We exhorted, and comforted, and charged every one of you, as a father does his own children, that you would walk worthy of God who calls you into His own kingdom and glory. – Saint Paul, (1 Thessalonians 2:11-12)
What do pastors do all day anyway? Of course, the joke is that we only work for one hour on Sunday mornings.
Sometimes we get strange requests. I’ve been asked to pray for a pet pit bull that it would be healed from a terminal disease. I’ve listened to so many strange stories I can’t tell you. I’ve seen snakes slither across the stage during church. I’ve seen deacons drop the Lord’s Supper elements during Communion.
About a year ago I received a note from someone attending our church…
I have an “unspoken” prayer request and please keep this “confidential.”
Aside from the basics of officiating at funerals and weddings, visiting the sick in hospitals, preaching on Sundays…what do we do? Or better asked, “What should we be doing?”
On two occasions in my ministry, I have been called “Father.” Each time it took me aback. We Baptist don’t think of ourselves that way. It is foreign to our ears. I do find that over the years I have felt that the office has a paternal feel to it.
I’ll the first time this became apparent to me was when a part-time staff person who led our music when I was in my mid-thirties told me that I was a father figure for him. He was forty at the time. I couldn’t understand how I could be a father figure for someone older than me at such a young age. Then it dawned on me that it wasn’t so much me as it was the role and office of pastor.
There is an old adage that says, “a mother is only as happy as her saddest child.” As a father, I know that to be true. Of my three adult sons, I have one son who is struggling with his faith right now and one is not living for Jesus at all.
Remember the famous story Jesus told about the two sons? Jesus never mentions that the reason the younger son wanted his inheritance early so he could leave and squander it was due to any failure on the father’s part. Perhaps I am reading too much into that, but I find some comfort in that thought.
This past summer my father and I were backpacking, and Dad asked a question and told me a story. He asked why me, my brother and sisters were so deeply committed to Jesus. We discussed that for a while then he told me a story. He said that my mothers’ grandfather, Dad Conway, who was a deacon in my dad’s first church and would come to him and say, “Let’s go to the church house to pray.” They would drive down to the church and pray. One time my great grandfather, Dad Conway, made a promise to my dad that he would pray for each of his children by name until the day he died.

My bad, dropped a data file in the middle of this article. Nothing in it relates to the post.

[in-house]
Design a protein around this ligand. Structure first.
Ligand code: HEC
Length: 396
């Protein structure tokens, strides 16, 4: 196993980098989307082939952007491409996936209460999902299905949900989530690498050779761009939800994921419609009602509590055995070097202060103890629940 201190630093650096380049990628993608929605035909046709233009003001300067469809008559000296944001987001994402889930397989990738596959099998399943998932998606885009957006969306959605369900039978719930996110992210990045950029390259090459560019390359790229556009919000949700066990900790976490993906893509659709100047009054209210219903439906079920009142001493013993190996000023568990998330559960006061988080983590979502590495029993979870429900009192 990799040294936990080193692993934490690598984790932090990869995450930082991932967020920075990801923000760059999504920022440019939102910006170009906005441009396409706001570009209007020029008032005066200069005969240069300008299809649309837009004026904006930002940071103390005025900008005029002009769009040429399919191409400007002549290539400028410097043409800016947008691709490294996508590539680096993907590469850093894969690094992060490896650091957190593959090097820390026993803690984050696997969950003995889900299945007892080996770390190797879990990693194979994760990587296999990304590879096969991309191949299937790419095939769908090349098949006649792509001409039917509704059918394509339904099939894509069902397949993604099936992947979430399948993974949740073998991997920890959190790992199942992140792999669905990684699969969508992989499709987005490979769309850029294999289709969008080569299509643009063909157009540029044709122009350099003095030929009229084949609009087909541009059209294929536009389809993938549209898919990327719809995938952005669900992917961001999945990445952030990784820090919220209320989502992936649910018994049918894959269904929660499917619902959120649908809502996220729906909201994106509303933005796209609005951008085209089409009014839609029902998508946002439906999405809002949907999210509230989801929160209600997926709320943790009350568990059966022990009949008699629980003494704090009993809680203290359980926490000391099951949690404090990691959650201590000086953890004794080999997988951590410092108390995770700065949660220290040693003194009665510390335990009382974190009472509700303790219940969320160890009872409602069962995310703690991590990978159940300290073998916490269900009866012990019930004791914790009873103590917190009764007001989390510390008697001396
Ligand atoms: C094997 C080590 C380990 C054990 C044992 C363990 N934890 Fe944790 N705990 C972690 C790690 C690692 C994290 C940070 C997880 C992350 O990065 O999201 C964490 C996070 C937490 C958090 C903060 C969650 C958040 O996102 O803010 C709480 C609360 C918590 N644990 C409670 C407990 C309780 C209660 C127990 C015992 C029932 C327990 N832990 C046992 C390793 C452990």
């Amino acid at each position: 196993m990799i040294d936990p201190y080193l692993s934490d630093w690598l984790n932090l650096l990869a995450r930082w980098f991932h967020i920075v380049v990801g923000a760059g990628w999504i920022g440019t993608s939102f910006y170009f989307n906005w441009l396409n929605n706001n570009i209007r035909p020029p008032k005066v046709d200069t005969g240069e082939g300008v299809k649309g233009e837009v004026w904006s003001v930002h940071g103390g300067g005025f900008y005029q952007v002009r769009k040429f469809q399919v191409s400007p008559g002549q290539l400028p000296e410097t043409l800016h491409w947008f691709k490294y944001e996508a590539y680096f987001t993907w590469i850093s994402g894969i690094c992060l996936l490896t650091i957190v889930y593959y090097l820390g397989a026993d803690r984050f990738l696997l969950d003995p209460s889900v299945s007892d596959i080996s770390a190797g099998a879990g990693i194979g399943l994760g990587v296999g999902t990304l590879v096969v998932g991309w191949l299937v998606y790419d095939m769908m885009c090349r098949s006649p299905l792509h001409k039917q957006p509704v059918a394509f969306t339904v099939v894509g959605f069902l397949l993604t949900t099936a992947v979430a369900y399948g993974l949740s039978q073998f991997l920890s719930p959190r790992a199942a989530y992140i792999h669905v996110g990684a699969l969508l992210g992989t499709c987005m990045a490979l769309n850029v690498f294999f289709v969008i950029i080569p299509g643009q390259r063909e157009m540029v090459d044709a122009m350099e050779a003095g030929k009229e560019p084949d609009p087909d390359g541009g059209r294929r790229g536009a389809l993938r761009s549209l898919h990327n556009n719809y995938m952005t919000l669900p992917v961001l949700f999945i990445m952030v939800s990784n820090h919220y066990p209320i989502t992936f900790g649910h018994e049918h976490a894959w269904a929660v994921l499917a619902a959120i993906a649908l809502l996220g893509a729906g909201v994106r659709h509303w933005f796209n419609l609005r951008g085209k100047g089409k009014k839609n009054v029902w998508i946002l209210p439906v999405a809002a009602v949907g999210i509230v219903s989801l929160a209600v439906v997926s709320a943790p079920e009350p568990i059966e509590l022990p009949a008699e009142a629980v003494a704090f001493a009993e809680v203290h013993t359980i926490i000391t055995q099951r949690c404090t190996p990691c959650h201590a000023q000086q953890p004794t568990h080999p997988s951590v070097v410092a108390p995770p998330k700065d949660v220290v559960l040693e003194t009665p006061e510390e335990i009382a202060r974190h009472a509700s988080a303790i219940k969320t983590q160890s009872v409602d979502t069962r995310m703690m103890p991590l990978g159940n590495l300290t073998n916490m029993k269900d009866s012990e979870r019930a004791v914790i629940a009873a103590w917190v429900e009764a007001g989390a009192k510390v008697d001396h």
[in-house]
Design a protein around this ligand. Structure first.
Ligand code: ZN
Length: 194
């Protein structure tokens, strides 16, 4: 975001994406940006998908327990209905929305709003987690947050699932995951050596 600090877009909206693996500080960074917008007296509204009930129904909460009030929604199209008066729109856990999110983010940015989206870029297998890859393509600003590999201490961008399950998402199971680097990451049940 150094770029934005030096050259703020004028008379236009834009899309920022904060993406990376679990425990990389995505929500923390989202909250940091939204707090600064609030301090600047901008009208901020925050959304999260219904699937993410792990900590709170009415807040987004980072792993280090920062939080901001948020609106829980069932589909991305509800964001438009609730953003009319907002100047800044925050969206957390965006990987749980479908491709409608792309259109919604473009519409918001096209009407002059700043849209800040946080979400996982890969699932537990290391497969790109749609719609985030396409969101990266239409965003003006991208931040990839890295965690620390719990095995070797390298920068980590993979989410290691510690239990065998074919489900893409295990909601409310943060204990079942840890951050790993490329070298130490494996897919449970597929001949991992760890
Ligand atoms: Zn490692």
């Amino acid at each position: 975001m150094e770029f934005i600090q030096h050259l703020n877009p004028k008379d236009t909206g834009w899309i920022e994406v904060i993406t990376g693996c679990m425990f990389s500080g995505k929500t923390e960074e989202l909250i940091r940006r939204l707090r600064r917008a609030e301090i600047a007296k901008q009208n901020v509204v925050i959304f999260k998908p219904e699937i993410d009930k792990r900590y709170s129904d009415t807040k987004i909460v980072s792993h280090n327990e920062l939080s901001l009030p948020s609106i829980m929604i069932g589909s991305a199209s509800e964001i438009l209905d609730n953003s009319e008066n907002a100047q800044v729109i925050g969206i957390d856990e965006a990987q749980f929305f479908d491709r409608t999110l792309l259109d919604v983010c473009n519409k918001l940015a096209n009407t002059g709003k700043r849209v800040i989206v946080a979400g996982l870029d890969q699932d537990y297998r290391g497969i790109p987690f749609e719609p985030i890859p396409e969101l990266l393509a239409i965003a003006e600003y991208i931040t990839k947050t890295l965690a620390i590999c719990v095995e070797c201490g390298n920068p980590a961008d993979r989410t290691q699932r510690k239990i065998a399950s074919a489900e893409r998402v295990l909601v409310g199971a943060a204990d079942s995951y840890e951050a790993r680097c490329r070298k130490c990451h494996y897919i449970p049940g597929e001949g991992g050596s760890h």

He kept that promise.
Dad told me that he would to the same thing for my kids and grandkids. I told my mother this story and she said that she has been doing that for years.
My heart aches for my two sons. Their faces are always at the front of my mind. At the same time, there are many other faces that press against the glass of my imagination. Not children of mine. I see faces of congregants and friends; people who are trying so hard to find their way in this world without Jesus. Oh, they go to church. Some regularly, some intermittently but they are in my flock and I am their shepherd.
And while I am delighted with our church family and I am at peace with Jesus, I am also very aware that my sense of melancholy is tied to the saddest member of my church.
I am careful about boundaries. I am quite willing to let people feel the full weight of the consequences of their sins. These consequences can be their best tutors. It is a delicate balance for a pastor knowing how to be available to and accommodating with congregants and not neglect your own health or the health of other primary relationships.
There is a difference between legitimate needs and perceived needs. You learn on the difference the more kids you have. The first child you are a Shiite protective parent. You are there in the room with him every time he turns over or whimpers. By the third child, a crying baby is like your alarm on Saturday mornings. Getting up when it goes off is really optional.
Part of what pastors do is to discern the difference between an urgent need that is not very important and an important need that has turned urgent.